O ore power from the same engine volume over a regular engine.
O asier fitting than alternative methods of forced induction (the term given to compressing air within
the cylinder).
O &maller and lighter than alternatives.
O etter efficiency not only over 'regular' engines but also supercharged engines since much of the
exhaust heat and pressure which would normally go to waste is used to compress the air.
O uel conomy. e Creen! Well, sort of. Cet the oomph of a more powerful car for the same amount
of fuel you're currently using. ]ust to be clear although adding a turbocharger itself does not save
fuel, it will allow a vehicle to use a smaller engine while achieving power levels of a much larger
engine, while attaining near normal fuel economy while off boost/cruising. This is because without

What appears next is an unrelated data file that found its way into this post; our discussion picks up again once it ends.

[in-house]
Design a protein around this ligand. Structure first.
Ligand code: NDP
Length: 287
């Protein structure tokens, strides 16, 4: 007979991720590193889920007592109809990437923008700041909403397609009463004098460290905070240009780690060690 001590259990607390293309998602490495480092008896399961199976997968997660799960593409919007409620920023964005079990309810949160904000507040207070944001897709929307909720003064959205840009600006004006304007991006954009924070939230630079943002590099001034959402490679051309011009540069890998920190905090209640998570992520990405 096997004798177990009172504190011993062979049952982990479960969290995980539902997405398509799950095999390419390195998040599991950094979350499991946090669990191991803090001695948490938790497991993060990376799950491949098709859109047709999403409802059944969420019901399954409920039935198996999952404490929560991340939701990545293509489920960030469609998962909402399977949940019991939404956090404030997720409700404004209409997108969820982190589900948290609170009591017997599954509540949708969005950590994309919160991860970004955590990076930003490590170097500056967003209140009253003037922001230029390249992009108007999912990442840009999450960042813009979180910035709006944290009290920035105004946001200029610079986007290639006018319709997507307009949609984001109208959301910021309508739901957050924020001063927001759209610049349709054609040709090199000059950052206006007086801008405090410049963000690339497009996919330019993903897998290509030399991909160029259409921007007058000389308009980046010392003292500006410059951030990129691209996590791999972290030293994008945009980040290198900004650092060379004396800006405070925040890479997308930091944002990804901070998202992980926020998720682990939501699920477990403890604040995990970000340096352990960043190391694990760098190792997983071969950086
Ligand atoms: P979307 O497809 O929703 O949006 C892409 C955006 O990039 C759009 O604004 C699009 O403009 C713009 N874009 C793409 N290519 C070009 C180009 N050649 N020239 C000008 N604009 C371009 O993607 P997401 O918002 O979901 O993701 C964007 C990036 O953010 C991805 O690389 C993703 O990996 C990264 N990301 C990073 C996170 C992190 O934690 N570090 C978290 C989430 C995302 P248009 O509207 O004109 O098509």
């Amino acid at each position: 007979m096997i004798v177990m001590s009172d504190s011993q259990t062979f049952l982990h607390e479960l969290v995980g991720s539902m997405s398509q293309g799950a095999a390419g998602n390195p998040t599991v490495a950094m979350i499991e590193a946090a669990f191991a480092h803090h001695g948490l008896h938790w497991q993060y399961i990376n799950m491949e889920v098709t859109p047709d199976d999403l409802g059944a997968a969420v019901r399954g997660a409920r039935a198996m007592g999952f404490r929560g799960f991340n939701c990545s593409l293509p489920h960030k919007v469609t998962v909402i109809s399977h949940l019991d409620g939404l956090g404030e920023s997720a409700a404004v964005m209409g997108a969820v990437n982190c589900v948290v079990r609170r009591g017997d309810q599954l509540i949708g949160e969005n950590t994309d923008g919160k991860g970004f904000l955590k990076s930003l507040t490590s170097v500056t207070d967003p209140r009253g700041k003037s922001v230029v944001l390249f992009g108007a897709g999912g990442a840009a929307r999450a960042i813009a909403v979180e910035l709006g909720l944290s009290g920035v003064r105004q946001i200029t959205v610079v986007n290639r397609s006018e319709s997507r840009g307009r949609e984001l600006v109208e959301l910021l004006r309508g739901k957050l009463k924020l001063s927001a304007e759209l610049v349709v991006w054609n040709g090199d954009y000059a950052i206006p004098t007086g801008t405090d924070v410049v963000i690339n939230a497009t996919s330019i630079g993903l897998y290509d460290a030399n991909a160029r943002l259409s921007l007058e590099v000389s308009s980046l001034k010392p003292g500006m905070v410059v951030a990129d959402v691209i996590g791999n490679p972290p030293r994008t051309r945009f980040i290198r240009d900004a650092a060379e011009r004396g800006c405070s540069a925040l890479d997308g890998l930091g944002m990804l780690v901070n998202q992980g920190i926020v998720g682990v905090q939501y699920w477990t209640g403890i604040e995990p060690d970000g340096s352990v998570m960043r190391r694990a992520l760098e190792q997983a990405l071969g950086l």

boost, only the normal amount of fuel and air are combusted.

Workshop Services
O Dynamic balancing of rotors & shafts
O Material cleaning & handling is according to OEM guide lines
O Reconditioning of core components such as turbine blades, radial turbines, compressor wheels, inducers,
impellers, shafts, re-blading rotors, journals & replacement of gland strips
O Segregated working areas minimize contamination & improve overall quality & responsiveness
O Trouble shooting, complete overhauls & detailed repairs
MSHS offers a comprehensive package of repair solution tailored made for turbochargers in its turbocharger
reconditioning center. We focus on providing reliable and cost-effective solution to end users and fleet managers to
better plan and control maintenance costs.
We currently offer reconditioning for the following components:
O Turbine blades
O Turbine wheels
O mpellers and nducers
O Shaft ends
O Shaft Journals
O Nozzle rings

Turbocharger functions